Want to improve the success rate of your IT investments? Get the business case right
The failure rate for IT investments continues to show no sign of decreasing. It is hard to comprehend that despite over 60 years’ experience running IT projects, the ability to deliver benefits from these does not seem to have improved. Of course, the reasons why IT projects fail and the factors that contribute to failure (as well as success) are well established, and have been for many years. Indeed, I am often asked by clients to review either failed or underachieving IT investments and, in most cases, I could write my report without doing any investigation. The reasons are usually the same.
We seem to have this “knowing-doing” gap. We know what needs to be done if success levels are to improve, but the doing just doesn’t happen. I have conducted research on why this is so, but the details of these findings — including that it is perceived as too difficult and the poor digital literacy among business managers – are probably best left for another article.
More to the point here is how to reverse the trend. I was recently asked if there was one thing that organizations could do to improve the success rates of their IT investments, and thus IT projects. For me, the answer is clear – get the business case right. I don’t just mean improve the quality of the business case itself and what it contains, but also improve the quality of the process used to build the case.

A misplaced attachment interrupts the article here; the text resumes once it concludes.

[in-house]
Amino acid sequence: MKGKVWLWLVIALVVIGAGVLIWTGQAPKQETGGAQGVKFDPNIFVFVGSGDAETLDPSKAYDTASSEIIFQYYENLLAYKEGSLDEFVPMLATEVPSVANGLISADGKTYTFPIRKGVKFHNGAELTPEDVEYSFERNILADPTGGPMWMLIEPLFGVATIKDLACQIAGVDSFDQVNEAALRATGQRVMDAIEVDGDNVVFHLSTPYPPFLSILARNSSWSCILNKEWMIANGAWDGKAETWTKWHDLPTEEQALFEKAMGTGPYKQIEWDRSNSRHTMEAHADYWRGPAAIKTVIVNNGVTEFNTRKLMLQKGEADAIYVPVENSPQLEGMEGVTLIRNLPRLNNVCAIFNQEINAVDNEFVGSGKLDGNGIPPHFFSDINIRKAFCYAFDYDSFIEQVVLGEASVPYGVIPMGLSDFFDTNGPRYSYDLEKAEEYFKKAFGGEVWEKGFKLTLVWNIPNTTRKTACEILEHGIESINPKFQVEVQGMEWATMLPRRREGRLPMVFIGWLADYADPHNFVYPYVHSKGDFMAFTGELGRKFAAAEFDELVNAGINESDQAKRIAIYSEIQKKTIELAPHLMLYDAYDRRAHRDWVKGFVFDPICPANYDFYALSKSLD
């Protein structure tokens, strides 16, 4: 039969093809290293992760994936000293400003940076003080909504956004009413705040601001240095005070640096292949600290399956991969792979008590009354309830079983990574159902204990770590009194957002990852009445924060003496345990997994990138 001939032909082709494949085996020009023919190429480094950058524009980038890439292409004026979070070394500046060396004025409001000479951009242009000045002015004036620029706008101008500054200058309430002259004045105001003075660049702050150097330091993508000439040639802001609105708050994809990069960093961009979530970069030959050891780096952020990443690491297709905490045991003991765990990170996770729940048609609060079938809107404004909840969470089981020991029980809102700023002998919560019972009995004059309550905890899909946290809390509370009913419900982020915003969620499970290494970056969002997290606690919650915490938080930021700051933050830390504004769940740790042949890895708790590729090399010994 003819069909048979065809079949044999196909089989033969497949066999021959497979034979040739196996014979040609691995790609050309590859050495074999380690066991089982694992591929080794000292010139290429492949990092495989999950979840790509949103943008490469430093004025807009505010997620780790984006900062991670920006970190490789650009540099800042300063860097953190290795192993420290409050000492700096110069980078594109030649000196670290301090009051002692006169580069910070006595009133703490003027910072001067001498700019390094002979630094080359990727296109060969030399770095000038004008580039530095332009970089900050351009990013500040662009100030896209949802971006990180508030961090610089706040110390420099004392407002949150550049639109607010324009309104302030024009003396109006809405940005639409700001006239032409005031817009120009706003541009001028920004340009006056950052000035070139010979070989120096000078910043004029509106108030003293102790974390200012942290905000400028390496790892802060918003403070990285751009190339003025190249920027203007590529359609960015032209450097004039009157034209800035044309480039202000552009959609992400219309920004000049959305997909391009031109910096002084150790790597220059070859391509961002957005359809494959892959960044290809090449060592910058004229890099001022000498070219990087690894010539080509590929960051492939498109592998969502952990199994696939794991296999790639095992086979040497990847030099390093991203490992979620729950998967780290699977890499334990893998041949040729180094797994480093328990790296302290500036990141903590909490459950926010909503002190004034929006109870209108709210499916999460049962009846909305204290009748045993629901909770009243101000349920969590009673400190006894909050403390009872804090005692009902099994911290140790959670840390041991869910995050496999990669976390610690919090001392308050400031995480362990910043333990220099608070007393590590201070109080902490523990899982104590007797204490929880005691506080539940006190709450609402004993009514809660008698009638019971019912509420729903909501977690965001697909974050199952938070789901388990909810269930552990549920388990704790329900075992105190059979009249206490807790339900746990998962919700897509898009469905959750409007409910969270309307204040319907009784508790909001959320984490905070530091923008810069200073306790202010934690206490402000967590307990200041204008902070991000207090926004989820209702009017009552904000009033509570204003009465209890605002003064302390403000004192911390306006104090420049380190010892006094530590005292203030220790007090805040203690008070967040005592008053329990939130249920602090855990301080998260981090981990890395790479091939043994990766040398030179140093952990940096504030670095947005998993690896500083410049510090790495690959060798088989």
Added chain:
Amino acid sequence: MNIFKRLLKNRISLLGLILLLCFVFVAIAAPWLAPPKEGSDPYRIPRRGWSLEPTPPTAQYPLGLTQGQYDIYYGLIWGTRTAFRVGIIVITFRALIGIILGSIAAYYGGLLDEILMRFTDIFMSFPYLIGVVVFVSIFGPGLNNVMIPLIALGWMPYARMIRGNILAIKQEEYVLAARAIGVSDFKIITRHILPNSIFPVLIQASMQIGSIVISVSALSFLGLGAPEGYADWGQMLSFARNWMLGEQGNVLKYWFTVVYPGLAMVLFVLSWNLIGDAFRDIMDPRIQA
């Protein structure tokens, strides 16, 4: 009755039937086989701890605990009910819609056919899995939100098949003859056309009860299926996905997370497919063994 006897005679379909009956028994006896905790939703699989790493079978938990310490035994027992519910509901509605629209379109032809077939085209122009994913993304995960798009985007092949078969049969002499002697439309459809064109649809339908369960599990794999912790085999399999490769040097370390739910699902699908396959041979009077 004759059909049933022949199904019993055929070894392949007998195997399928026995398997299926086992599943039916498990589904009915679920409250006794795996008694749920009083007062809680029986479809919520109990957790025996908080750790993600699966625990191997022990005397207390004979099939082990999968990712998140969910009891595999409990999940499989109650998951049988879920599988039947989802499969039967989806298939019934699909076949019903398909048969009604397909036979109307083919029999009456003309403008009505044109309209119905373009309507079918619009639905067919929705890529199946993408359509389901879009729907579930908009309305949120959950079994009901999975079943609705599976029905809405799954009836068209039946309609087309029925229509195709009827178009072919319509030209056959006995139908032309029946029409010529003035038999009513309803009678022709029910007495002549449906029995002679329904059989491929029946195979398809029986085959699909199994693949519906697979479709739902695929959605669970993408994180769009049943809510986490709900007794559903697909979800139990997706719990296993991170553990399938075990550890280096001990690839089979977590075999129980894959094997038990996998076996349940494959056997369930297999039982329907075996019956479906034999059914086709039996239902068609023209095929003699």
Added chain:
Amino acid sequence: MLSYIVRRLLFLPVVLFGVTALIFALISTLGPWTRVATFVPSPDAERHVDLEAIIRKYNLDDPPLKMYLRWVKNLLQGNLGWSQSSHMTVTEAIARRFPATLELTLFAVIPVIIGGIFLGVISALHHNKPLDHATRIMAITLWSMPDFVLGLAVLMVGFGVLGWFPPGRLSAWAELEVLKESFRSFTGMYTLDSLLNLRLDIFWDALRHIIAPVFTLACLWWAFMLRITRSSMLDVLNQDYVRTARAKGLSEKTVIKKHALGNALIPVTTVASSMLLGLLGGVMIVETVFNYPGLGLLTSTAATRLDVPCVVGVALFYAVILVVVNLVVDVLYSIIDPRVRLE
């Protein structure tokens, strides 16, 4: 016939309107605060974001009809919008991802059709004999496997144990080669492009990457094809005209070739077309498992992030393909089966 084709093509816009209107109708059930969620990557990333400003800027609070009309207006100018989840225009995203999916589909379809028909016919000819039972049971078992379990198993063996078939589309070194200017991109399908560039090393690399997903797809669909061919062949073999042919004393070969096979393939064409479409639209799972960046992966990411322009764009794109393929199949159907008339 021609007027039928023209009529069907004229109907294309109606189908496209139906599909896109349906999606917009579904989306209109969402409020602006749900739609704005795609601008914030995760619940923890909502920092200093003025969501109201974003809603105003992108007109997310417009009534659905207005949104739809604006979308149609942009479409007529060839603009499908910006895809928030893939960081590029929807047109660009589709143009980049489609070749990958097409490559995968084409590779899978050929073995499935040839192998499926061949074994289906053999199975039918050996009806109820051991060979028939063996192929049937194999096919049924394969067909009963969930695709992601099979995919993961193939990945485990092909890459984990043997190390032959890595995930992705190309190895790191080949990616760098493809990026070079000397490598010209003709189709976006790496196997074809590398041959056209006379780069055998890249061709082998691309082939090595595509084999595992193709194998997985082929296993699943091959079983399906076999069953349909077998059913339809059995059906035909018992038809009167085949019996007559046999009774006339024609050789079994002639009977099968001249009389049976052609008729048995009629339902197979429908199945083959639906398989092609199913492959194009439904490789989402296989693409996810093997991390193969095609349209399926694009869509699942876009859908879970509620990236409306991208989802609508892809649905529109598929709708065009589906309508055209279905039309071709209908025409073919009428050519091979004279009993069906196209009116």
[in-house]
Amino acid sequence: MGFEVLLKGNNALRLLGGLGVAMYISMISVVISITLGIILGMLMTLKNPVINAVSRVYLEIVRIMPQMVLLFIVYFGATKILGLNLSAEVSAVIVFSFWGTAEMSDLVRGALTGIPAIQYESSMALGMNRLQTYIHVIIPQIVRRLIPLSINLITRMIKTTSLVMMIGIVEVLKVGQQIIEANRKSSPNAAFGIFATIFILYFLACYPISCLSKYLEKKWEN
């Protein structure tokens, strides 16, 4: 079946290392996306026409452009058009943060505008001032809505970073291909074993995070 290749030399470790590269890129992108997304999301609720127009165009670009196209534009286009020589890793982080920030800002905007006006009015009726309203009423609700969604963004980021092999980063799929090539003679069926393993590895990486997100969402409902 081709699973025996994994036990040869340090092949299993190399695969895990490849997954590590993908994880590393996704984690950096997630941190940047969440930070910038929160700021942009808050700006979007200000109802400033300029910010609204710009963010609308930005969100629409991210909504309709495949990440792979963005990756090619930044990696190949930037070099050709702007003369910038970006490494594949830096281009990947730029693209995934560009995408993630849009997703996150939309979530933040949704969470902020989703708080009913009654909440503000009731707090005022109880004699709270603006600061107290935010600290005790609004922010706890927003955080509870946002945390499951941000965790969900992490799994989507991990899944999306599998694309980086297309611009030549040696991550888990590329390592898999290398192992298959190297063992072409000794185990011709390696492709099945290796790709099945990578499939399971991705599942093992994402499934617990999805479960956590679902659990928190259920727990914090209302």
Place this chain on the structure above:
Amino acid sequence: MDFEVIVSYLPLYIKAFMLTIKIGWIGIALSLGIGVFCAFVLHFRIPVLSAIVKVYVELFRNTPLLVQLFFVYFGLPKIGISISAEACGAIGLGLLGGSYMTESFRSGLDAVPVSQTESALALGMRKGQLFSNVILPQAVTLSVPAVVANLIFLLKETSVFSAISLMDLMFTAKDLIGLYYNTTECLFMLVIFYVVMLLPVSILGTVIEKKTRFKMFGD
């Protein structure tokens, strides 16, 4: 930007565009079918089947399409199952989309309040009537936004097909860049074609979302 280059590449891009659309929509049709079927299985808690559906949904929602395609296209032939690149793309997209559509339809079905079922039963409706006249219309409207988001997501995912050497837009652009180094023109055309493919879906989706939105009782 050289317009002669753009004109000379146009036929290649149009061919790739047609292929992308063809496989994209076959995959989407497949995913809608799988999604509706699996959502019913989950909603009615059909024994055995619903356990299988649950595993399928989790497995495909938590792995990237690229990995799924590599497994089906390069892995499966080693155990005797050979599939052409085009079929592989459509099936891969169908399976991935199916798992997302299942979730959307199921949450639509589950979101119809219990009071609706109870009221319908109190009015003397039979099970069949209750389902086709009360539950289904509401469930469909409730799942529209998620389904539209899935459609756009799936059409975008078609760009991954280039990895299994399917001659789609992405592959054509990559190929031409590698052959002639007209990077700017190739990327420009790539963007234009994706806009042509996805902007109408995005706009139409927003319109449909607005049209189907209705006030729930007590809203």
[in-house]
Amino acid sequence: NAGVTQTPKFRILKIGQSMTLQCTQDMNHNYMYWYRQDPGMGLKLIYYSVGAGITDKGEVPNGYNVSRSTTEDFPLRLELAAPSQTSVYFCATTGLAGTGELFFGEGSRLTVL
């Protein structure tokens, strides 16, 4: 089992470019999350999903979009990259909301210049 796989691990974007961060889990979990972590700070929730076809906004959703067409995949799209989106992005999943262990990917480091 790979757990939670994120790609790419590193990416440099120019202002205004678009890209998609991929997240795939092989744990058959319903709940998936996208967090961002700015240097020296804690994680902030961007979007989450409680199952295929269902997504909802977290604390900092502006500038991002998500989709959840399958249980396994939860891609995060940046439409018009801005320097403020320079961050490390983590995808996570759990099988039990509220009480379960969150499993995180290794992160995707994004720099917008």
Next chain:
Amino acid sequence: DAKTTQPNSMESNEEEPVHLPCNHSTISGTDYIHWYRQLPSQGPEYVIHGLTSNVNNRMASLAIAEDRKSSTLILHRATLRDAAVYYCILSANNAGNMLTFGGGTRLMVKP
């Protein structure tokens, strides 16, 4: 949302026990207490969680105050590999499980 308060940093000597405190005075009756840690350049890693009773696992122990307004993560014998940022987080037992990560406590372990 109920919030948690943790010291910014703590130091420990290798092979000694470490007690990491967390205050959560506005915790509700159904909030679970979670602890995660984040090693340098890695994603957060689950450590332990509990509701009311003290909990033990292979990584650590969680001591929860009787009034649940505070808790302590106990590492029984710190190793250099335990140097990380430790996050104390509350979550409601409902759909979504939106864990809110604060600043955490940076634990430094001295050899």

The Limitations of Templates
The importance of the business case for an IT investment was brought home to me recent with some work that I have been doing in the UK’s National Health Service (NHS). To help hospital CIOs in building business cases, the Department of Health and vendors provide business case templates, partially completed, for an array of different technologies. These can be downloaded and completed with relevant information, usually with minimal involvement of stakeholders.
The result can be an eloquent and “well-constructed” business case document, with strong rationale for the proposed investment (that the vendor has developed), but with no stakeholder buy-in or understanding of what it will take to deliver the expected benefits. Indeed, often the first time many hear about the new investment is when the project actually begins. The quality of the process used to build the case is low.
Additionally, I have also found that most business case templates focus primarily on the costs and benefits for their analysis, with only financial benefits being considered. Furthermore, there is no requirement to describe exactly how each of the benefits is going to be achieved, including the assignment of responsibilities for ensuring that whatever is necessary for each benefit to be achieved actually happens. And, this won’t be the CIO. Remember, apart from pure infrastructure, IT investments are really investments in IT-enabled change.
This observation has led me to build a framework mapping the quality of the business case (i.e. how good is the business case) against the quality of the process of constructing this case (i.e. what is the commitment to the case). This leads to four possible business case scenarios. I have summarised each of these scenarios in the figure below:
While I think that these four scenarios are self explanatory, the one that often provokes debate is the ‘Blinkered Business Case’. This situation arises when there may be better projects to invest in, but these are either not considered or not identified. This is often because investment decisions are made in a very politicized environment or portfolio management is weak. While stakeholders may be committed (‘supportive’ is probably a better word) to the investment decision, this may be due to their reluctance to enter into what one of my colleagues has referred to as the Zone of Uncomfortable Debate (ZOUD) during discussions about the proposed investment.